The weather here has shifted…bringing with it cloudy skies and cold temperatures. On Monday, it was so chilly that I had to break out my wool socks, long johns and fleece. We bundled ourselves in shawls and blankets. These homes are constructed out of rebar and cinder blocks. They do not have furnaces or any way to heat inside…so it is layer, layer, layer. There was not enough sun to heat the water for a shower…so I’m trying to embrace cold ones. If I wash my hair in the morning, and then bathe the rest of my body in the afternoon, there is a greater chance for tepid water. Baby goat season has arrived and the little ones are everywhere, leaping about and butting heads with each other. Anil’s goat, Nakali, will stand in the path and try to butt heads will all the little ones that come to romp. She doesn’t know her own strength, so they get knocked down and cry. She is really quite the character…and she brings me much enjoyment. I stand on the roof and call down to her ‘Oh, Nakali!’…and she comes to the door of her house and looks up at me and bleats. She loves it when I scratch her neck…and will lean into me until I lose my balance. This will be the last email from Pokhara. Next Saturday, Bel, Bishnu and I will fly to Kathmandu to spend a couple of days sightseeing before my flight on December 1st. I always head to the capital several days before my departure home date…to accommodate any bhandas the Maoists want to call.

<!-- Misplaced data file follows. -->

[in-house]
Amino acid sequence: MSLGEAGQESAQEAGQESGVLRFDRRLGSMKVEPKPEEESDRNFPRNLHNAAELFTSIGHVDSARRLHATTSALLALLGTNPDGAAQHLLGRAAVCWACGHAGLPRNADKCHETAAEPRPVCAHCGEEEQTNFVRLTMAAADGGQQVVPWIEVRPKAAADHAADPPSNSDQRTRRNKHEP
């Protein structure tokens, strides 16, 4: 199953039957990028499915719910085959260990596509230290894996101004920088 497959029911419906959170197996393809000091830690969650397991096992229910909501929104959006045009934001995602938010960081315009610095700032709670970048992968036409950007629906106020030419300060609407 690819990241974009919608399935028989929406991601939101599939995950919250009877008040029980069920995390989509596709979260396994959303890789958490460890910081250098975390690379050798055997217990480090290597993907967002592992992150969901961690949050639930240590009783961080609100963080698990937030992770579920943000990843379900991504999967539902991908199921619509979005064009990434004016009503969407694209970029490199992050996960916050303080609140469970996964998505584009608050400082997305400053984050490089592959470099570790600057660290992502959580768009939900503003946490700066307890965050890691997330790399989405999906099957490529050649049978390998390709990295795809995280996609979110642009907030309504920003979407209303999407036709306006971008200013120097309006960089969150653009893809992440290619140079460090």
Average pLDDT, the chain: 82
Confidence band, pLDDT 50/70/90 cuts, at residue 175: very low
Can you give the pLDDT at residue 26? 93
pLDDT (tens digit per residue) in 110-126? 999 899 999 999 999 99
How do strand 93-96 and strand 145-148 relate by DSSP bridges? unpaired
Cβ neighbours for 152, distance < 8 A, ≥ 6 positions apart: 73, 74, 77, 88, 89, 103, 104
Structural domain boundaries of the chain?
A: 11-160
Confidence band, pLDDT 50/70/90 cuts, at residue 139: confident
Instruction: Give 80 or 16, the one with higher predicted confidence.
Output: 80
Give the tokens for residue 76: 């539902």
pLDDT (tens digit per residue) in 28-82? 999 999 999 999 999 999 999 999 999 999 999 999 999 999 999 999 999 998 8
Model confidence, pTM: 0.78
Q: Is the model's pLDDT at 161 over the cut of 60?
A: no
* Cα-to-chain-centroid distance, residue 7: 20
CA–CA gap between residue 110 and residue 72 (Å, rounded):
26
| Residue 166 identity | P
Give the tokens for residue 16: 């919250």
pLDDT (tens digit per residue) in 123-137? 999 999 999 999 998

Load shedding has arrived. I really feel quite lucky that I made it this far into my trip before we started losing our electricity. The government announced on the news the other night that 16 hours of electricity must be shed each week. They usually pick a time in the evening when everyone is trying to cook dinner. This problem with the electricity has something to do with a dispute with India over a power plant near the border that both countries share. Last year after I left the load shedding would happen for up to 15 hours a day. And water continues to be a huge problem. It comes every 10 days to Bel’s home…that is to say, it is supposed to come…but it rarely does. Such a small amount is actually sent through the pipes, that Bel’s underground tank rarely receives any. You will hear the sound of air moving through the pipes at around one o’clock in the morning. Bishnu and the girls will spend the rest of the night, trying to get the water to come by using a small engine to pull the water. The next morning, Bishnu will talk about how tired her mouth is from try to suck enough water into the hose to get the process started. They will wake every hour until either they are successful or the water stops coming.